FIG. 2 illustrates a complete engine system 40 that includes turbopumps 42 and 44 for supplying oxidizer propellant to the engines 12 and 14 illustrated in FIG. 1, and turbopumps 46 and 48 for supplying fuel propellants to those engines. The engine 40 also includes a preburner combustor 50 and mixer 52 for driving the turbines of oxidizer turbopumps 42 and 44, a second preburner combustor 54 and mixer 56 for driving fuel turbopumps 46 and 48, valves 58 and 60 for control and shutoff of flow to inner engine 12, and by-pass lines 62 and 64 for preventing turbopumps 42 and 48 from being driven to excessive speeds when flow to engine 12 is shut down. The combustors 50 and 54 are conventional devices. They apply the drive energy for turbopumps 42, 44, 46, and 48. In the engine 40, they should be sized along with their propellant feed lines so that only small quantities of propellant in stoichiometric proportions are introduced into the preburner combustion chambers. These combust completely very quickly, and in a very small area. There are thus no streaks of one propellant in another in the output from the combustion chamber as there can be from other preburners. The mixers 52 and 56 comprise chambers having orifices for receiving two different fluids connected to introduce propellant into the gaseous flows from those combustors to provide desired mass flow and temperature. The combustion and mixing chambers of engine 40 together weigh less than a combustion chamber sized to accommodate both the mixing and subsequent combustion of a small quantity of one propellant into a larger quantity of another. And, since the instant preburners receive propellant in stoichiometric proportion, identical embodiments can be used in both fuel and oxidizer supply lines.
The engine 40 is designed for continuous operation of outer engine 14 during all operating modes. Accordingly, turbopump 48 is connected via lines 66, 68, 70, and 72 to provide cooling of both inner engine 12 and outer engine 14. But, other embodiments could be modified in a straighforward manner to include apparatus for throttling and shutoff of turbopumps 42 and 48, and use oxidizer to provide either additional or the entire cooling. In operation, it is generally desirable to maintain both high pressures and a pressure differential between the two combustion chambers, with the combustion chamber pressure of inner engine 12 as high as 6000 psi, a pressure in the combustion chamber of outer engine 14 as high as 3000 psi, a high density fuel such as liquid hydrocarbon supplied to inner engine 12, and a lower density fuel having a high specific impulse such as hydrogen driving outer engine 14. Variation, including use of other propellants, and either lower or higher pressures is possible. But, in one preferred operating mode it is desirable to utilize such pressures and inject both fuel and oxidizer propellants into engine 12 in the liquid state and engine 14 in the gaseous state. The propellants used to drive outer engine 14 are therefore used to provide the entire cooling of both engines and the entire drive energy of all supply turbopumps before being ducted into the combustion of engine 14 for final combustion. They absorb sufficient heat in performing those functions to enter engine 14 in the gaseous state. Also, depending on mission requirements, it is often desirable to adjust valves 58 and 60 and turbopumps 44 and 46 so that both engines operate simultaneously with inner engine 12 providing between about 25% to 75% of the thrust for the first phase of flight and is then shut down when the vehicle reaches a predetermined position as dictated by the flight trajectory.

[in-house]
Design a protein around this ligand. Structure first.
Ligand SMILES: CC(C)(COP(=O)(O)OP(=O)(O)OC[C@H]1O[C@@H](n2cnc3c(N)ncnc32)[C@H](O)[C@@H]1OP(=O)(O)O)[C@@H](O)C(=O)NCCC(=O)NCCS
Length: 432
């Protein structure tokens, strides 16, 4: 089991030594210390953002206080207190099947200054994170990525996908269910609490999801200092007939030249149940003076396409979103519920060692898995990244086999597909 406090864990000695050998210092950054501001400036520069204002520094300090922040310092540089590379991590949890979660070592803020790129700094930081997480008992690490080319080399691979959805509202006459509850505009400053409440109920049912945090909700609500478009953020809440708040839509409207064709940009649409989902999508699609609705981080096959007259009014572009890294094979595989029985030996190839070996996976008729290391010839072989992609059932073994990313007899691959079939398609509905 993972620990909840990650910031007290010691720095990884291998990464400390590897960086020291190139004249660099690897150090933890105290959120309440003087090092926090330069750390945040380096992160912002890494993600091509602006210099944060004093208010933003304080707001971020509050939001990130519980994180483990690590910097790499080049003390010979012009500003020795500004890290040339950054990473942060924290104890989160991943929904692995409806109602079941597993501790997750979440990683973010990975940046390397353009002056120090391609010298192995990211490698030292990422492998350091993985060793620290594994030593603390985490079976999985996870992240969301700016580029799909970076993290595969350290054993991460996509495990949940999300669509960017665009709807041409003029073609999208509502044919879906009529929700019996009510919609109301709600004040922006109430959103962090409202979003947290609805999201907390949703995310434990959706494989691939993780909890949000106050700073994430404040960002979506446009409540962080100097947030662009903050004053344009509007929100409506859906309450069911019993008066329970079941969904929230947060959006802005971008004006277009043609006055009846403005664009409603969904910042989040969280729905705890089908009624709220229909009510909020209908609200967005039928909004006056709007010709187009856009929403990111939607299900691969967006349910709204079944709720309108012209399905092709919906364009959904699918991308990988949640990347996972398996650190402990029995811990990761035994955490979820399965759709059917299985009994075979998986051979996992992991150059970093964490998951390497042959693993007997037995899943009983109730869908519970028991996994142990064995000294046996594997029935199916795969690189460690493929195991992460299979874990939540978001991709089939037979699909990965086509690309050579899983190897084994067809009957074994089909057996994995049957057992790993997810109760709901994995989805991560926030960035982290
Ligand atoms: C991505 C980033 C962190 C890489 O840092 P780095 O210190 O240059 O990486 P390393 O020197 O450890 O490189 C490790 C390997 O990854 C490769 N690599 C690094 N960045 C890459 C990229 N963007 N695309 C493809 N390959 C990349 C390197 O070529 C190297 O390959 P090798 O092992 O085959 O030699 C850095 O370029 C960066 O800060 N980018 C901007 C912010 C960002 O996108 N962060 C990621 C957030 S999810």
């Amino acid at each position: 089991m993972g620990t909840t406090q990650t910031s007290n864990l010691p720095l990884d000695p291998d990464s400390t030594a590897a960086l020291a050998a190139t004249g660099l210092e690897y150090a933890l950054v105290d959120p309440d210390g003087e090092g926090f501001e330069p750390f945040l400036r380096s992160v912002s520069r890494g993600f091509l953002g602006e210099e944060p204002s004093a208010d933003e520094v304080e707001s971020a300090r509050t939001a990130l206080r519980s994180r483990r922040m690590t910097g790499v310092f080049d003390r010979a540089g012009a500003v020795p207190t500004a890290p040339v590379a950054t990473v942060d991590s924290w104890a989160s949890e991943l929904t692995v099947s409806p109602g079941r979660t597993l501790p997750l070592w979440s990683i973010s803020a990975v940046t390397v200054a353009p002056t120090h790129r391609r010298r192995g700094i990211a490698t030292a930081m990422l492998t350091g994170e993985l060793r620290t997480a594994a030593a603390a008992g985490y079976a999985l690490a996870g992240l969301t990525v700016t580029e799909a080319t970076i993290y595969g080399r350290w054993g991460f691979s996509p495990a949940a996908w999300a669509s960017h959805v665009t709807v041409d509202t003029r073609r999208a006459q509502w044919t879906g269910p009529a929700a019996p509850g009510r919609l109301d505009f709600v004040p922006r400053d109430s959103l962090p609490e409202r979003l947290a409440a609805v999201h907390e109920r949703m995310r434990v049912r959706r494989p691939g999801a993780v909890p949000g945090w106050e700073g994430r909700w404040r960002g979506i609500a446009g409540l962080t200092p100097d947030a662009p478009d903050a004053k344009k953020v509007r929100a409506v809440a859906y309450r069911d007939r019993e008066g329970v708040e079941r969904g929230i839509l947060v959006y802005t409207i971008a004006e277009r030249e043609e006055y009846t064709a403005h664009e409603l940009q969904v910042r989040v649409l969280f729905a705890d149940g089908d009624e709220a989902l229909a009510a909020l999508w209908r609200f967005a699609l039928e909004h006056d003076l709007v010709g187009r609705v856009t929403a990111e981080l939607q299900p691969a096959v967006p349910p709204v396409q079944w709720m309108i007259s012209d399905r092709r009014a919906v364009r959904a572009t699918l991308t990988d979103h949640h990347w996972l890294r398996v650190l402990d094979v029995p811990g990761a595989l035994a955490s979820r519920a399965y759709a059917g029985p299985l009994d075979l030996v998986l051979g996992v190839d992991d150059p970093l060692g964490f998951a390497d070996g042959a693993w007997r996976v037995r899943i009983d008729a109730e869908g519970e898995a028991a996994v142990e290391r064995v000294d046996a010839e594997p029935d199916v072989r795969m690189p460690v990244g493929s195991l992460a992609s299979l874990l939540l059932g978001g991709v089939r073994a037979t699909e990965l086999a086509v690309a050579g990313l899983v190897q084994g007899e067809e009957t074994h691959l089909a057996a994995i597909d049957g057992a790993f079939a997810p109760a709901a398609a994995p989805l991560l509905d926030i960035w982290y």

FIG. 3 illustrates a mechanism 80 for providing displacement between two concentric nozzles that includes a surface member 82 interconnected to inner engine 12, a projecting surface 84 of outer engine 14 in sliding contact with surface 82, a flexible seal 86 and ring seals 88 disposed to prevent leakage across sliding interface between surfaces 82 and 84, and drive gear 90 and screw 92. Screw 92 is fixed to surface 82 and threadably connected to surface 84 to provide axial displacement between engines 12 and 14. In operation, gear 90 will be driven by a motor (not shown) to cause screw 90 to move engines 12 and 14 closer together to decrease the gap 94 between those engines that comprises the throat of the outer engine for operation in space and further apart for operation in atmosphere.
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|U.S. Classification||60/225, 60/771, 239/265.27, 60/260, 60/263, 60/259|
|International Classification||F02K9/97, F02K9/76|
|Cooperative Classification||F02K9/97, F02K9/76|
|European Classification||F02K9/76, F02K9/97|